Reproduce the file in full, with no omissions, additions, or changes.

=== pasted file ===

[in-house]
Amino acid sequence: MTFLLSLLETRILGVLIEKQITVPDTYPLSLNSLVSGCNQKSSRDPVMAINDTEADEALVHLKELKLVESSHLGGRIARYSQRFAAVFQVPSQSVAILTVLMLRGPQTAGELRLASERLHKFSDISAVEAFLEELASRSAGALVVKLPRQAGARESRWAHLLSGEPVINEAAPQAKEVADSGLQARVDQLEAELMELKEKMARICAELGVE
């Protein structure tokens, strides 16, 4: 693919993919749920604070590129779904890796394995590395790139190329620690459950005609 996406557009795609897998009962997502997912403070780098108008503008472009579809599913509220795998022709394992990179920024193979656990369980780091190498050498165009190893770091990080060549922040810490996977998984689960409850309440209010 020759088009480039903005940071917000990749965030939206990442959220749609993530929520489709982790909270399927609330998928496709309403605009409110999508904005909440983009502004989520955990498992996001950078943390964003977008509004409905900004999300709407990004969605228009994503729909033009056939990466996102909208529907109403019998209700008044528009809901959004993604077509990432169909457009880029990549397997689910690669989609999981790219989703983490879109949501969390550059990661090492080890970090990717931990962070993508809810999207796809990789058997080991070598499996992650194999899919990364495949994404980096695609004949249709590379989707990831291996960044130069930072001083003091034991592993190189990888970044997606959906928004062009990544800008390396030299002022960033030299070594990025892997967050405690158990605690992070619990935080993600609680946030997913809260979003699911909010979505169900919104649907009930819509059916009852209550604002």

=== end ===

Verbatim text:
[in-house]
Amino acid sequence: MTFLLSLLETRILGVLIEKQITVPDTYPLSLNSLVSGCNQKSSRDPVMAINDTEADEALVHLKELKLVESSHLGGRIARYSQRFAAVFQVPSQSVAILTVLMLRGPQTAGELRLASERLHKFSDISAVEAFLEELASRSAGALVVKLPRQAGARESRWAHLLSGEPVINEAAPQAKEVADSGLQARVDQLEAELMELKEKMARICAELGVE
């Protein structure tokens, strides 16, 4: 693919993919749920604070590129779904890796394995590395790139190329620690459950005609 996406557009795609897998009962997502997912403070780098108008503008472009579809599913509220795998022709394992990179920024193979656990369980780091190498050498165009190893770091990080060549922040810490996977998984689960409850309440209010 020759088009480039903005940071917000990749965030939206990442959220749609993530929520489709982790909270399927609330998928496709309403605009409110999508904005909440983009502004989520955990498992996001950078943390964003977008509004409905900004999300709407990004969605228009994503729909033009056939990466996102909208529907109403019998209700008044528009809901959004993604077509990432169909457009880029990549397997689910690669989609999981790219989703983490879109949501969390550059990661090492080890970090990717931990962070993508809810999207796809990789058997080991070598499996992650194999899919990364495949994404980096695609004949249709590379989707990831291996960044130069930072001083003091034991592993190189990888970044997606959906928004062009990544800008390396030299002022960033030299070594990025892997967050405690158990605690992070619990935080993600609680946030997913809260979003699911909010979505169900919104649907009930819509059916009852209550604002």